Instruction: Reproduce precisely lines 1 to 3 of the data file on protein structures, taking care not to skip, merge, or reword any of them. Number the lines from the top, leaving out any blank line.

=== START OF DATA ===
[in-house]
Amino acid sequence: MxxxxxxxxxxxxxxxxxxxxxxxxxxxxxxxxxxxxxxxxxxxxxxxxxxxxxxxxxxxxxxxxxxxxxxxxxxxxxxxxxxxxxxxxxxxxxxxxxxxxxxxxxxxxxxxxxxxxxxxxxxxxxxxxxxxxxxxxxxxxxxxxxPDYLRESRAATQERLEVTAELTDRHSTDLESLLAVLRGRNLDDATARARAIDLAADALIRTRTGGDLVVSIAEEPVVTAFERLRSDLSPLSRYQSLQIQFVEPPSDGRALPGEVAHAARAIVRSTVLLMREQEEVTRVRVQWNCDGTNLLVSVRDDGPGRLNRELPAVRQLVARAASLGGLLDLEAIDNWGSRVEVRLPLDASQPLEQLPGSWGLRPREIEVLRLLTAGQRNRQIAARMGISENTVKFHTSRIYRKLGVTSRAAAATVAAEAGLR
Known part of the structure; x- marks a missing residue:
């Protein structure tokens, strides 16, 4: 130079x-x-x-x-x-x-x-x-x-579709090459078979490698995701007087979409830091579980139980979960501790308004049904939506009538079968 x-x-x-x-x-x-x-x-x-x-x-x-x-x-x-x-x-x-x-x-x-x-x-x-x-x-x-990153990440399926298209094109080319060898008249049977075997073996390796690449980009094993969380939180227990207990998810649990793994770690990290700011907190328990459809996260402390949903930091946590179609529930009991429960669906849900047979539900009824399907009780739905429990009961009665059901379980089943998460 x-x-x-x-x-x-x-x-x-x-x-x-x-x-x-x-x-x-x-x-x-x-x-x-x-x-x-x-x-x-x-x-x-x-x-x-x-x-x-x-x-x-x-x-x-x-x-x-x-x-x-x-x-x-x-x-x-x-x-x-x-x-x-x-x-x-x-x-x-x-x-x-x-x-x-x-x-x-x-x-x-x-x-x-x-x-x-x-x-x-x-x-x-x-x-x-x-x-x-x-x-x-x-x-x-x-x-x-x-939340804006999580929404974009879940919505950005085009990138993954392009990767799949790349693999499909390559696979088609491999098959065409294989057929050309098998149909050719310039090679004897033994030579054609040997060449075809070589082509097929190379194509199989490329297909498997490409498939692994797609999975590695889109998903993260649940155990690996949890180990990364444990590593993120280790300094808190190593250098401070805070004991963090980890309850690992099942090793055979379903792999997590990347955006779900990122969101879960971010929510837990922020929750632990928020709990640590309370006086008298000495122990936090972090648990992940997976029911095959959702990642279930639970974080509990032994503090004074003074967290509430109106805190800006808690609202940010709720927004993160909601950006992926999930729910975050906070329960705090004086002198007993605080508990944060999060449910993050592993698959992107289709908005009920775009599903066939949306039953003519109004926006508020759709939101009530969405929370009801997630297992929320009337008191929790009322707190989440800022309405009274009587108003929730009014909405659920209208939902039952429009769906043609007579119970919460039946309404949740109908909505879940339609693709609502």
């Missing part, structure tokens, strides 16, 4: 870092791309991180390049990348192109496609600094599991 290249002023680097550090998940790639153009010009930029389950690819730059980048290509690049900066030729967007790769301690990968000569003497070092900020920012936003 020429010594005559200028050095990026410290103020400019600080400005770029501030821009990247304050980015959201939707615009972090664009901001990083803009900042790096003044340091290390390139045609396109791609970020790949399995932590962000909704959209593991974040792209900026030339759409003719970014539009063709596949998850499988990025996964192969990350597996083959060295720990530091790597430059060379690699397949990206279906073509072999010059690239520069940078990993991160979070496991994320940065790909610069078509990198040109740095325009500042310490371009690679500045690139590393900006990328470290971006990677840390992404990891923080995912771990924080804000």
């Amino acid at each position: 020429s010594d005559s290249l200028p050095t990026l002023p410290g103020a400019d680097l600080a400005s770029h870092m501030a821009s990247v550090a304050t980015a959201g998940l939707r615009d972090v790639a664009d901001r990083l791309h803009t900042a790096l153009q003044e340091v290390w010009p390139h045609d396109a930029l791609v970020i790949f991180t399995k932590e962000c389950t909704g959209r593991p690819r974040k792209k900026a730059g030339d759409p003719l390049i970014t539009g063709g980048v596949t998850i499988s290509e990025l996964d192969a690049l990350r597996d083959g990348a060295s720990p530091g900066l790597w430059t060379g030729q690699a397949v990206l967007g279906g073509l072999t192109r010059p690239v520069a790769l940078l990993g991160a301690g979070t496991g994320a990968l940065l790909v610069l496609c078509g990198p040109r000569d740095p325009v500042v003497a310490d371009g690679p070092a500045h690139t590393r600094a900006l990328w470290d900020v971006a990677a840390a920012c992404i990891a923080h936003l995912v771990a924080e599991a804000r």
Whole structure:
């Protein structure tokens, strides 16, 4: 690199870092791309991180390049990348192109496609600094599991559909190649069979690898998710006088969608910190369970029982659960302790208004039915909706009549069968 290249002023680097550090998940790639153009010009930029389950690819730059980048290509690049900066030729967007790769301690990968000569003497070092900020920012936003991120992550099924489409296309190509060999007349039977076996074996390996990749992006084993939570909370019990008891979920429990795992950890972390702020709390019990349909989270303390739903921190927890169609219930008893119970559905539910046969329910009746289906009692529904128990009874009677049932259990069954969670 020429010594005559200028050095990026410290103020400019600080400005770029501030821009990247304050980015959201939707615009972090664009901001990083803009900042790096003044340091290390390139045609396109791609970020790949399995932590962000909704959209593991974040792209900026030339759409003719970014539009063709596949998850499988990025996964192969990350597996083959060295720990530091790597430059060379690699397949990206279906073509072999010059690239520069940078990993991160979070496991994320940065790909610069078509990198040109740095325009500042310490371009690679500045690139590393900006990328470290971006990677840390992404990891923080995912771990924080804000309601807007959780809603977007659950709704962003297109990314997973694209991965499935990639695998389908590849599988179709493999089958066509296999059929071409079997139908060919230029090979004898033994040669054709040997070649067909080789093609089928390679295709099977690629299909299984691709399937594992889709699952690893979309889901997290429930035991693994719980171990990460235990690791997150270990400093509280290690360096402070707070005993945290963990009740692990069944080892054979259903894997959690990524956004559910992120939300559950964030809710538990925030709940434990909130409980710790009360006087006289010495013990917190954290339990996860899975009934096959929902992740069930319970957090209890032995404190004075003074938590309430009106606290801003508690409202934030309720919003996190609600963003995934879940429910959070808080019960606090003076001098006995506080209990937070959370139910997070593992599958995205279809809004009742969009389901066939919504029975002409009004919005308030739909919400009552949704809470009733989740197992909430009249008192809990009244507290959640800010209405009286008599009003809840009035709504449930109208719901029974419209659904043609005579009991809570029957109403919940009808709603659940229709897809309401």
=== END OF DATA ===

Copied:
[in-house]
Amino acid sequence: MxxxxxxxxxxxxxxxxxxxxxxxxxxxxxxxxxxxxxxxxxxxxxxxxxxxxxxxxxxxxxxxxxxxxxxxxxxxxxxxxxxxxxxxxxxxxxxxxxxxxxxxxxxxxxxxxxxxxxxxxxxxxxxxxxxxxxxxxxxxxxxxxxPDYLRESRAATQERLEVTAELTDRHSTDLESLLAVLRGRNLDDATARARAIDLAADALIRTRTGGDLVVSIAEEPVVTAFERLRSDLSPLSRYQSLQIQFVEPPSDGRALPGEVAHAARAIVRSTVLLMREQEEVTRVRVQWNCDGTNLLVSVRDDGPGRLNRELPAVRQLVARAASLGGLLDLEAIDNWGSRVEVRLPLDASQPLEQLPGSWGLRPREIEVLRLLTAGQRNRQIAARMGISENTVKFHTSRIYRKLGVTSRAAAATVAAEAGLR
Known part of the structure; x- marks a missing residue: